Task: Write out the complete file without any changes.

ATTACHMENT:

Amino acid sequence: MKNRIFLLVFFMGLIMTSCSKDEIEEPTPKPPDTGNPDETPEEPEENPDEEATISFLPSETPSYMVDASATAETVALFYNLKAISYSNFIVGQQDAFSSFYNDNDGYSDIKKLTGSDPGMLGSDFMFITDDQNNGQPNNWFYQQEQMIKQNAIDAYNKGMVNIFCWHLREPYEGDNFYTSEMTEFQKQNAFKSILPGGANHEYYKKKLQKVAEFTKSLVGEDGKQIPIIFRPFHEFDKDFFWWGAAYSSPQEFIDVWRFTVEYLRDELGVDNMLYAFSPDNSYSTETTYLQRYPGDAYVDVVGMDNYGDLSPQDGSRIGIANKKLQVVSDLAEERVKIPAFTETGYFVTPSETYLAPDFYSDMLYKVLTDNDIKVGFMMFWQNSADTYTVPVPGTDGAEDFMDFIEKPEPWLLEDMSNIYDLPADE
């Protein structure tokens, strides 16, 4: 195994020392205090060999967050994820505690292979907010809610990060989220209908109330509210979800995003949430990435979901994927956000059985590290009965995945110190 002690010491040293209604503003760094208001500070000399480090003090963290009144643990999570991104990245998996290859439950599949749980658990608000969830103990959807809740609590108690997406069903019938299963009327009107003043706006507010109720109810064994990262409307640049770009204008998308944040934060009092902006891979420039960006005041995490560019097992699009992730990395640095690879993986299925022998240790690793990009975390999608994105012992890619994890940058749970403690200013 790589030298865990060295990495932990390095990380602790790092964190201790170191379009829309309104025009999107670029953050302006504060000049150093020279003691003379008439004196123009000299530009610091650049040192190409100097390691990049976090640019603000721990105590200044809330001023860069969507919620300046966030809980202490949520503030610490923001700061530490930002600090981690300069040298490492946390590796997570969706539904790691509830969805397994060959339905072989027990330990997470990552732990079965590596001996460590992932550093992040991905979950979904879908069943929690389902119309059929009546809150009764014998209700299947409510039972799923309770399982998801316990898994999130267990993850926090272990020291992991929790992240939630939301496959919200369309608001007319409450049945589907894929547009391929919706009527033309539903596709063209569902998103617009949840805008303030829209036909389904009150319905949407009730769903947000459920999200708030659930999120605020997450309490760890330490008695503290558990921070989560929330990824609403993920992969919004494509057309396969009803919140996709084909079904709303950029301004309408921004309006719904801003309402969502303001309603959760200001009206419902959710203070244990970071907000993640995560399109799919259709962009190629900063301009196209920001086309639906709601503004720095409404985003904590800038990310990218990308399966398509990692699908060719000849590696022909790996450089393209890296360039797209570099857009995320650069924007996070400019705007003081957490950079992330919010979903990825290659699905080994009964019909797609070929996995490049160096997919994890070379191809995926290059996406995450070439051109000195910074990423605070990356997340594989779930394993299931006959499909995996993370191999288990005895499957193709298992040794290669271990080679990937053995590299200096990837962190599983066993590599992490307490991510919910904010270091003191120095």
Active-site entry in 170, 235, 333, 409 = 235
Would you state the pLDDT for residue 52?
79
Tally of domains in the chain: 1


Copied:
Amino acid sequence: MKNRIFLLVFFMGLIMTSCSKDEIEEPTPKPPDTGNPDETPEEPEENPDEEATISFLPSETPSYMVDASATAETVALFYNLKAISYSNFIVGQQDAFSSFYNDNDGYSDIKKLTGSDPGMLGSDFMFITDDQNNGQPNNWFYQQEQMIKQNAIDAYNKGMVNIFCWHLREPYEGDNFYTSEMTEFQKQNAFKSILPGGANHEYYKKKLQKVAEFTKSLVGEDGKQIPIIFRPFHEFDKDFFWWGAAYSSPQEFIDVWRFTVEYLRDELGVDNMLYAFSPDNSYSTETTYLQRYPGDAYVDVVGMDNYGDLSPQDGSRIGIANKKLQVVSDLAEERVKIPAFTETGYFVTPSETYLAPDFYSDMLYKVLTDNDIKVGFMMFWQNSADTYTVPVPGTDGAEDFMDFIEKPEPWLLEDMSNIYDLPADE
């Protein structure tokens, strides 16, 4: 195994020392205090060999967050994820505690292979907010809610990060989220209908109330509210979800995003949430990435979901994927956000059985590290009965995945110190 002690010491040293209604503003760094208001500070000399480090003090963290009144643990999570991104990245998996290859439950599949749980658990608000969830103990959807809740609590108690997406069903019938299963009327009107003043706006507010109720109810064994990262409307640049770009204008998308944040934060009092902006891979420039960006005041995490560019097992699009992730990395640095690879993986299925022998240790690793990009975390999608994105012992890619994890940058749970403690200013 790589030298865990060295990495932990390095990380602790790092964190201790170191379009829309309104025009999107670029953050302006504060000049150093020279003691003379008439004196123009000299530009610091650049040192190409100097390691990049976090640019603000721990105590200044809330001023860069969507919620300046966030809980202490949520503030610490923001700061530490930002600090981690300069040298490492946390590796997570969706539904790691509830969805397994060959339905072989027990330990997470990552732990079965590596001996460590992932550093992040991905979950979904879908069943929690389902119309059929009546809150009764014998209700299947409510039972799923309770399982998801316990898994999130267990993850926090272990020291992991929790992240939630939301496959919200369309608001007319409450049945589907894929547009391929919706009527033309539903596709063209569902998103617009949840805008303030829209036909389904009150319905949407009730769903947000459920999200708030659930999120605020997450309490760890330490008695503290558990921070989560929330990824609403993920992969919004494509057309396969009803919140996709084909079904709303950029301004309408921004309006719904801003309402969502303001309603959760200001009206419902959710203070244990970071907000993640995560399109799919259709962009190629900063301009196209920001086309639906709601503004720095409404985003904590800038990310990218990308399966398509990692699908060719000849590696022909790996450089393209890296360039797209570099857009995320650069924007996070400019705007003081957490950079992330919010979903990825290659699905080994009964019909797609070929996995490049160096997919994890070379191809995926290059996406995450070439051109000195910074990423605070990356997340594989779930394993299931006959499909995996993370191999288990005895499957193709298992040794290669271990080679990937053995590299200096990837962190599983066993590599992490307490991510919910904010270091003191120095």
Active-site entry in 170, 235, 333, 409 = 235
Would you state the pLDDT for residue 52?
79
Tally of domains in the chain: 1